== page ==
FCTRY LAb Co-Founder Omar Bailey on His Time at Yeezy and Why He Calls It a ‘Trampoline’

It’s been one year since Omar Bailey stepped down as head of the Yeezy-Adidas Innovation Lab, where he helped bring to market some of the brand’s most forward-thinking designs, including the Foam Runner, the 450 and the Knit Runner.

But despite the well-documented challenges within the Yeezy organization, Bailey reflected positively on his three years there during a talk on April 13 at the Atlanta campus of Savannah College of Art & Design (SCAD).

In a conversation with SCAD sneaker design professor Quentin Williams, Bailey called the experience not just a stepping stone but a “trampoline” for his career and ambitions. “It was an opportunity for me to really shoot up to the next level,” he said.

In December, Bailey, who’s worked in footwear design for over 15 years, announced he and co-founder Abhishek Som had raised an initial $6 million in tranche round financing for their new venture, FCTRY LAb, an L.A.-based footwear prototyping lab and venture studio. Their first consumer release, the Knight RNR, debuted in March, and a second drop is slated for this fall.

FCTRY LAb, Knight RNR, Omar Bailey
FCTRY LAb’s new Knight RNR in Black.
CREDIT: Courtesy of FCTRY LAb

In many ways, FCTRY LAb is a clear extension of the work Bailey was doing at Yeezy.

He recalled receiving that first fateful phone call from Adidas about starting the Innovation Lab: “They said, Kanye West wants a domestic facility where you can build and produce prototypes for Yeezy [because he] no longer wants to wait for samples that come from Asia anymore.” He noted that the traditional development process can as long as six months, with samples shipped from factories overseas. “And so all this time would go by, and for [Kanye], he’s moved on to the next thing.”

By contrast, Bailey said his team in the lab in Calabasas, Calif., utilized innovations in 3D printing to change the process. “We were able to iterate and innovate very quickly to get shoes on his feet to get instant feedback. And then we’d make those changes and get him another pair in less than 24 hours,” he recalled. “That allowed us to be able to move the development process at light speed and be able to get to market faster.”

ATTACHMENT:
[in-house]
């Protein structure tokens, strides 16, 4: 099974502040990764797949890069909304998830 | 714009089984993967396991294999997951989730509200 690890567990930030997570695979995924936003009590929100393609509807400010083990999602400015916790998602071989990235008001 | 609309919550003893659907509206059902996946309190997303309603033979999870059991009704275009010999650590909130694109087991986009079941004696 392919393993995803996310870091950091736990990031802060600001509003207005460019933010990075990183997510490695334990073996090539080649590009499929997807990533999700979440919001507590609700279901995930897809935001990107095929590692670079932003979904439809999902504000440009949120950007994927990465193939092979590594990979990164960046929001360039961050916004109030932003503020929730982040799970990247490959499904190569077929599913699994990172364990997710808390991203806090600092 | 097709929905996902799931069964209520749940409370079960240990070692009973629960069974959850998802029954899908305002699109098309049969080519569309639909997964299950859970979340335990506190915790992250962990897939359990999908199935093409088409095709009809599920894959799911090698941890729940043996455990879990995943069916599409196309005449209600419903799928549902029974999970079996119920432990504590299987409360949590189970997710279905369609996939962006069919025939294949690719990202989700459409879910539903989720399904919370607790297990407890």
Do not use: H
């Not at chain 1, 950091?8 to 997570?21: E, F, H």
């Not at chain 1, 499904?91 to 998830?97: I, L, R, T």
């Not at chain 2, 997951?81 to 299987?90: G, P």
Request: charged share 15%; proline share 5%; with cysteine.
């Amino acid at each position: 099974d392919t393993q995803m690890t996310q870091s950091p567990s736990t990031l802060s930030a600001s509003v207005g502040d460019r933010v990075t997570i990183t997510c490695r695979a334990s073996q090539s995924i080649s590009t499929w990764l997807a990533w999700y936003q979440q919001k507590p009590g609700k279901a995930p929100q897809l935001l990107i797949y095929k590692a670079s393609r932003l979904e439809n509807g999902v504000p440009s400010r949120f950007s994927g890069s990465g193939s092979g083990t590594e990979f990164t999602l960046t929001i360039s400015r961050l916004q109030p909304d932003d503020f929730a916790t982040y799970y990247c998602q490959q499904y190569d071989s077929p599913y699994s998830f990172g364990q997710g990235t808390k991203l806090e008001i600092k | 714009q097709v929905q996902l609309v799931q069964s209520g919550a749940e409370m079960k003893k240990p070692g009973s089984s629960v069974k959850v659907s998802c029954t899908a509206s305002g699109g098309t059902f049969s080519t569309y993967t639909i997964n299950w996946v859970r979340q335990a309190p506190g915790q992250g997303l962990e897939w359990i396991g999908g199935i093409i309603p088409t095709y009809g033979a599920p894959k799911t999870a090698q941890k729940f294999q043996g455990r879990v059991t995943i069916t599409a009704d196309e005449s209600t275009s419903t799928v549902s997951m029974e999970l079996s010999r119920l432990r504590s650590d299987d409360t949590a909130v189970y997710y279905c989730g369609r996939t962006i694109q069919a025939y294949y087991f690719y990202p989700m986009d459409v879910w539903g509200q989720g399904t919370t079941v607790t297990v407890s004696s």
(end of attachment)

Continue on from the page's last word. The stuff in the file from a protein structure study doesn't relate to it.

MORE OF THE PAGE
Not all was smooth sailing. When West relocated the company to Cody, Wyo., the Innovation Lab (and all of its machines and resources) had to move as well. And while Bailey didn’t go into details, he alluded to the high-pressure environment.

“The lights were real bright over there, and you had to deliver. That was the expectation. No matter what the circus was going on outside, the focus had to be there,” he said.

So when it came to translating West’s ideas into realities, Bailey accepted the challenge. “To say no when I got asked to make a crazy shoe was, like, not even an option. It was just, let’s figure this out. Let’s do it.”

FCTRY Lab, Omar Bailey, Abhishek Som
FCTRY LAb c-founders Omar Bailey and Abhishek Som.
CREDIT: Courtesy of FCTRY Lab

He’s applying that same mentality now at FCTRY LAb. Beyond its own footwear creations, the company offers its services to brands and retailers looking to shorten the speed of product development, and it’s also collaborating with influencers, creators and athletes, such as creating a customized cleat for NFL newcomer Jalen Ramsey of the Miami Dolphins.

“We’ve got a couple other NBA and NFL players that I cannot say who they are yet, but you’ll be hearing about that really soon,” said Bailey. “The idea is to work with these individuals and help them build their brands through footwear. For a long time, you’ve seen every celebrity has a tequila brand or a clothing line or hat line. But the one thing you’ve never really consistently seen is footwear — and not a collaboration with a Nike or an Adidas — but actually independent footwear. It’s a space that’s been gate-kept for a long time.”

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